Action movies had destroyed national landmarks before — think, most famously, of the conclusion to 1968’s Planet of the Apes. Yet when the original Independence Day debuted its first commercial during the Super Bowl on Jan. 28, 1996, it was a whole new era of Hollywood carnage. Watch it below:
It looked like your typical alien-invasion movie — right up until the moment the White House gets blown to kingdom come.
More than anything else — more than its importance to Will Smith’s career, more than its excellent grasp of computer science — ID4 remains most influential for its wanton detonation of famous buildings and structures. Such devastation helped entice viewers in massive numbers — at the time of its release, its final $306.1 million tally was the second-largest haul in domestic box-office history. Moreover, it initiated two decades’ worth of monument destruction, which will continue again this Friday courtesy of its long-awaited follow-up, Independence Day: Resurgence. Here’s a rundown of its explosive legacy.
When the film premiered on July 2, 1996, it delivered a smorgasbord of monument wreckage beyond just the White House, including the ends of Big Ben, Capitol Records, the Eiffel Tower, the Empire State Building, the Manhattan Bridge, St. Basil’s Cathedral, the Statue of Liberty, the Sydney Harbor Bridge, the U.S. Bank Tower, and the U.S. Capitol Building. In the process, it turned director Roland Emmerich into cinema’s preeminent purveyor of catastrophe.
The lesson Hollywood took away from ID4 was simple: blow up stuff people recognize. Two years later, Mimi Leder’s Deep Impact would ruin large swatches of America (including the Statue of Liberty) courtesy of an unstoppable meteor and resulted tsunami. And that same summer, Michael Bay indulged in his own asteroid-obliteration impulses, targeting NYC’s Grand Central Station and Chrysler Building in particular with Armageddon. Watch the trailer:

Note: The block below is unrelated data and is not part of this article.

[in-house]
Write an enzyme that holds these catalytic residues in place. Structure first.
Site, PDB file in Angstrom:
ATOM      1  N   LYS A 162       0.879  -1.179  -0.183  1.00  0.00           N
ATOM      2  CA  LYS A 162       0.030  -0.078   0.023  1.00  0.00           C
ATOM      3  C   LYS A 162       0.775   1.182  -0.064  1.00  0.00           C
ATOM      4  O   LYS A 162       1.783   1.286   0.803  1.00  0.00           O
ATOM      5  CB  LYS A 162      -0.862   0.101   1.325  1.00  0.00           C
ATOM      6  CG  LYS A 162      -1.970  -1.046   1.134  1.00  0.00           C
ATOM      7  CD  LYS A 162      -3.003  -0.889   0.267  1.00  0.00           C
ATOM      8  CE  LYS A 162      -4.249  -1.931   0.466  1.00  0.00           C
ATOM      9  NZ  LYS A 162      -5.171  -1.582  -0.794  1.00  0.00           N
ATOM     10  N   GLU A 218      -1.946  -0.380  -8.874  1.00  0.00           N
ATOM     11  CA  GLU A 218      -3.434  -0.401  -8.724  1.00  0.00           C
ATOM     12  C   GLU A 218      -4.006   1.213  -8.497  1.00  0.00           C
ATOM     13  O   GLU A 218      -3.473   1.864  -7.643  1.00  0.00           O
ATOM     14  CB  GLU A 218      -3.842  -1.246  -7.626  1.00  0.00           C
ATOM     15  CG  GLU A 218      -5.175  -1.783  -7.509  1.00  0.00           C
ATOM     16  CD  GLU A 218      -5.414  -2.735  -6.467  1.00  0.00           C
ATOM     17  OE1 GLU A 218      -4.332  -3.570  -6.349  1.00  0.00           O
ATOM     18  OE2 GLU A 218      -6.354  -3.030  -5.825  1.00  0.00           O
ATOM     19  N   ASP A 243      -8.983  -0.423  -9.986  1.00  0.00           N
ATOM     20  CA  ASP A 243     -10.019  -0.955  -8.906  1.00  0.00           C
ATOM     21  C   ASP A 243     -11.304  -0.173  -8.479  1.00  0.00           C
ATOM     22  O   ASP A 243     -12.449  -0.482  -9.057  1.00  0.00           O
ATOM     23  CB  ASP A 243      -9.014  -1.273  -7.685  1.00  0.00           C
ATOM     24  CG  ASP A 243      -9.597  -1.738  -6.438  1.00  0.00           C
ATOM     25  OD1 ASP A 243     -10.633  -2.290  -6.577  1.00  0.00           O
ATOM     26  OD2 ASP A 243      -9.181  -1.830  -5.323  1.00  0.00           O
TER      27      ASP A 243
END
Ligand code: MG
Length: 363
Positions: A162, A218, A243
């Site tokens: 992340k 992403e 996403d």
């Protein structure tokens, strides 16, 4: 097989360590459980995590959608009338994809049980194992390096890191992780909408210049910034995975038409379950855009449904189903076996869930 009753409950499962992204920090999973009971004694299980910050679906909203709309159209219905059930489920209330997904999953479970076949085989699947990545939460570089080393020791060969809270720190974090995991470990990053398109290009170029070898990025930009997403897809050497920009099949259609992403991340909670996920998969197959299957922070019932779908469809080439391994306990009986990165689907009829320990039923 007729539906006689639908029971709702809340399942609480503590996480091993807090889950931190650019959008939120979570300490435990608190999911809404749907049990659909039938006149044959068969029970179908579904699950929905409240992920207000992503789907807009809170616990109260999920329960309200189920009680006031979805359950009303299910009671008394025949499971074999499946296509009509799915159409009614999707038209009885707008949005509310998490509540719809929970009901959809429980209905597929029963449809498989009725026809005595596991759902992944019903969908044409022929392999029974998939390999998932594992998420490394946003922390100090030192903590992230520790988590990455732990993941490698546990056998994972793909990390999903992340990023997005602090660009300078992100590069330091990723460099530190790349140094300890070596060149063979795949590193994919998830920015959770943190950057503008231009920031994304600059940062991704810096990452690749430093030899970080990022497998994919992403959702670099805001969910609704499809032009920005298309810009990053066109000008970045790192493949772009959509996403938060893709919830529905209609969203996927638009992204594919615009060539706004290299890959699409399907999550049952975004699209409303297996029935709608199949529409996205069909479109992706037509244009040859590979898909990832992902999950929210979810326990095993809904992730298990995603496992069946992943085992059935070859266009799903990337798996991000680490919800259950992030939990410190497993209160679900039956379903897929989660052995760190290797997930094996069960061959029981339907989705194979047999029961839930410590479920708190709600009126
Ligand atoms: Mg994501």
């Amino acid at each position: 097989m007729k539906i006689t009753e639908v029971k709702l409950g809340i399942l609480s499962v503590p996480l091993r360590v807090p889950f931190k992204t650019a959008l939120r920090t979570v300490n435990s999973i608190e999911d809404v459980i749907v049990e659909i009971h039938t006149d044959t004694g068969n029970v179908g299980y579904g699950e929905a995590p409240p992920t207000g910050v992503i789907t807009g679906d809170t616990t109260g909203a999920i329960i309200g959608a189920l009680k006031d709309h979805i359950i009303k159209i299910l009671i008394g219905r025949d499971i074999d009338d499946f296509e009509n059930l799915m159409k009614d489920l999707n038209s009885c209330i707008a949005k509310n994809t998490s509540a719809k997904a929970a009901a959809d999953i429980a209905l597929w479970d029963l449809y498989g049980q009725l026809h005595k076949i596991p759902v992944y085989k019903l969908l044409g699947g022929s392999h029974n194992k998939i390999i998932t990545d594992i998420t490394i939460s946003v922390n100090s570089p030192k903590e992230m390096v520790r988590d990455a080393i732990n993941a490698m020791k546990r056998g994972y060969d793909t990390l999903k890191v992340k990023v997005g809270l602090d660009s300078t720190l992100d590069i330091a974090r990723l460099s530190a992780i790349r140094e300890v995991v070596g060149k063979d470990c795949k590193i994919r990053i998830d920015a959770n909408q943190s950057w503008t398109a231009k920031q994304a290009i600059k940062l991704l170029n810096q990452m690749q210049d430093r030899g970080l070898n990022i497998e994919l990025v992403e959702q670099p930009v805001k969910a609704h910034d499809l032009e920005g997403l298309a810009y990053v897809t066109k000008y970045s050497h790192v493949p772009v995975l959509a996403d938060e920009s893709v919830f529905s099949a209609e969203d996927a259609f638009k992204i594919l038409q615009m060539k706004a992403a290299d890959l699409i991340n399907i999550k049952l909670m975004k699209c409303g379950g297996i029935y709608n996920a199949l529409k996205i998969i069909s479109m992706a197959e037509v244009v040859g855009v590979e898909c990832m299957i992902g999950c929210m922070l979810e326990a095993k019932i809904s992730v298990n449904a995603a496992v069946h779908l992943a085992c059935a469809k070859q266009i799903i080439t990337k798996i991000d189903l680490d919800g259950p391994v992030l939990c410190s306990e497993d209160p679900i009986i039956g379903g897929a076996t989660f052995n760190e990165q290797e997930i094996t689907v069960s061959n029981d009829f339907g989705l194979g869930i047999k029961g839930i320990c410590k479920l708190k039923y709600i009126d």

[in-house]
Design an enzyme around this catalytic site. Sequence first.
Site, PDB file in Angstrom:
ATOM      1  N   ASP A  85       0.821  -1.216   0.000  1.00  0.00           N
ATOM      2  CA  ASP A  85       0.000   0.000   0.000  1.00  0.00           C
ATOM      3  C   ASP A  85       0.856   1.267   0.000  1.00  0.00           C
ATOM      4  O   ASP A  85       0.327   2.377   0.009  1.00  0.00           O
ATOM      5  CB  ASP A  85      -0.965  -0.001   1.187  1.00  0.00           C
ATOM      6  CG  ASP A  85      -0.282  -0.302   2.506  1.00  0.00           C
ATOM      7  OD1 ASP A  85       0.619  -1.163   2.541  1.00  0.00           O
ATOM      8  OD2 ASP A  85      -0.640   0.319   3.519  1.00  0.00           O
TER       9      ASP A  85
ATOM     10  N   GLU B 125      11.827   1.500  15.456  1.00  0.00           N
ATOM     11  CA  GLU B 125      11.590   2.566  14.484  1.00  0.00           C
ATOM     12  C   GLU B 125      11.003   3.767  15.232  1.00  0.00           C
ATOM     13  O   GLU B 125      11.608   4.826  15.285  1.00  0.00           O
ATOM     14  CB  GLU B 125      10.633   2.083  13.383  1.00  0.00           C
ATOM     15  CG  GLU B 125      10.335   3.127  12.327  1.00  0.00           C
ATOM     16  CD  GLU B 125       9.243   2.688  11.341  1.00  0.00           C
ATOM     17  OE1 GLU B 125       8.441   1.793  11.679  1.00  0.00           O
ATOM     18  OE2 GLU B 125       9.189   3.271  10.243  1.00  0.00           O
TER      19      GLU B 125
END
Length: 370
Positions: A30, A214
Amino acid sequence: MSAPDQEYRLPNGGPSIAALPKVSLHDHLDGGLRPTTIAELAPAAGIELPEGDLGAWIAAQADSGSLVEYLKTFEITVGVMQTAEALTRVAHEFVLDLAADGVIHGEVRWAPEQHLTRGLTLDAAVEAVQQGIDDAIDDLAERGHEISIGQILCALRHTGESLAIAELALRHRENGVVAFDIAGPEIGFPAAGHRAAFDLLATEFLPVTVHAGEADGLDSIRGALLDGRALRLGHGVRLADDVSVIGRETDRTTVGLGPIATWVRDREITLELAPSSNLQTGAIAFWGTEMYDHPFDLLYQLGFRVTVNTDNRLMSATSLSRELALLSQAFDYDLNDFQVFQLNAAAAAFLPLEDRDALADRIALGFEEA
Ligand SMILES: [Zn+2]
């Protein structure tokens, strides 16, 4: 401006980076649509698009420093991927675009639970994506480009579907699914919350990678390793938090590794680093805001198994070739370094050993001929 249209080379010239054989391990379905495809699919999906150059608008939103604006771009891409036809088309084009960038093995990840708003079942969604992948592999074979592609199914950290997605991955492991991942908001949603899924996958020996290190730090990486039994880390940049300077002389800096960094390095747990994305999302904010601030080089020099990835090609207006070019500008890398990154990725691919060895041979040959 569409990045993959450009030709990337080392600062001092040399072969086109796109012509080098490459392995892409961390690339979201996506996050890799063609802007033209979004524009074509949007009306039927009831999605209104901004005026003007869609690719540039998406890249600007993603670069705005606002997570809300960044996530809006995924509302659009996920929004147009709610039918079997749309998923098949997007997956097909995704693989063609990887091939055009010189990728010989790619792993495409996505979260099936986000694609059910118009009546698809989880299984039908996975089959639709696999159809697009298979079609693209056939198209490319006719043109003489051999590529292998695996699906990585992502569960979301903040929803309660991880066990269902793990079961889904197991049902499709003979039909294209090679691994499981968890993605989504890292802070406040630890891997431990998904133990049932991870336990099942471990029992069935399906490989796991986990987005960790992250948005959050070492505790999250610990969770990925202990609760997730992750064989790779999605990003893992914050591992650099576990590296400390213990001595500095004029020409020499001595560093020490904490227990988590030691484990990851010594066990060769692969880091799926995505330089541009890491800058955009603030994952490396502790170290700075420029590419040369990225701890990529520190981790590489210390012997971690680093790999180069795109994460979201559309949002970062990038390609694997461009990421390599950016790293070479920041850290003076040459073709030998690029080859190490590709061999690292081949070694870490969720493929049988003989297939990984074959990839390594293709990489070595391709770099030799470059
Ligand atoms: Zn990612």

Emmerich would revert to city-smashing form with 1998’s Godzilla, in which NYC takes a beating courtesy of Japan’s famous radioactive monster. And proving that he was anything but finished with large-scale mayhem, the director would make civilization suffer even more in 2004’s The Day After Tomorrow, with tornadoes and tidal waves prefacing a new ice age that puts the planet — including the Statue of Liberty again — in a deep freeze. Watch below:
Moviegoers would soon be battered with likeminded imagery. Evil mutant Magneto opted to relocate San Francisco’s Golden Gate Bridge at the conclusion of 2006’s X-Men: The Last Stand, and Lady Liberty would again suffer an ignominious fate in 2008’s Cloverfield, which saw a Godzilla-like creature decapitate her. In 2009′s Knowing, the end of the world is ushered in by giant cascading solar-flare fire that unfurls through Times Square, among other places, much to star Nicolas Cage’s chagrin.
Meanwhile, serial monument offender Emmerich went global for 2012, in which the apocalypse strikes everywhere from the Vegas Strip and the Sistine Chapel to the Taj Mahal and — most hilariously — all of Los Angeles. Watch below:
Though the Eiffel Tower was decimated in 2009’s G.I. Joe: The Rise of Cobra, its 2013 sequel Retaliation went even further, taking out both Big Ben and the London Eye. And apparently figuring the third time was the charm, Emmerich - following on the heels of 2013′s exceedingly similar Olympus Has Fallen — laid waste to the American commander-in-chief’s home once more in 2013’s White House Down.
Both 2012’s The Avengers and 2013’s Man of Steel brought superhero-cinema urban ruin to new heights (lows?). And after rampaging through Manhattan via Emmerich in 1998, Godzilla returned to American shores to demolish the Golden Gate Bridge in 2014’s reboot. Even The Rock couldn’t stop a titanic earthquake from razing significant portions of the West Coast in San Andreas.
Now Resurgence is set to resume what its 20-year-old predecessor started, complete with deadly UFOs so large, they seem to cover entire oceans. Although no matter its landmark-annihilating action-movie excess, it’ll have a tough time topping the absurd majesty of its monument-destroying subgenre’s finest member: Trey Parker and Matt Stone’s genre parody Team America: World Police. Watch below: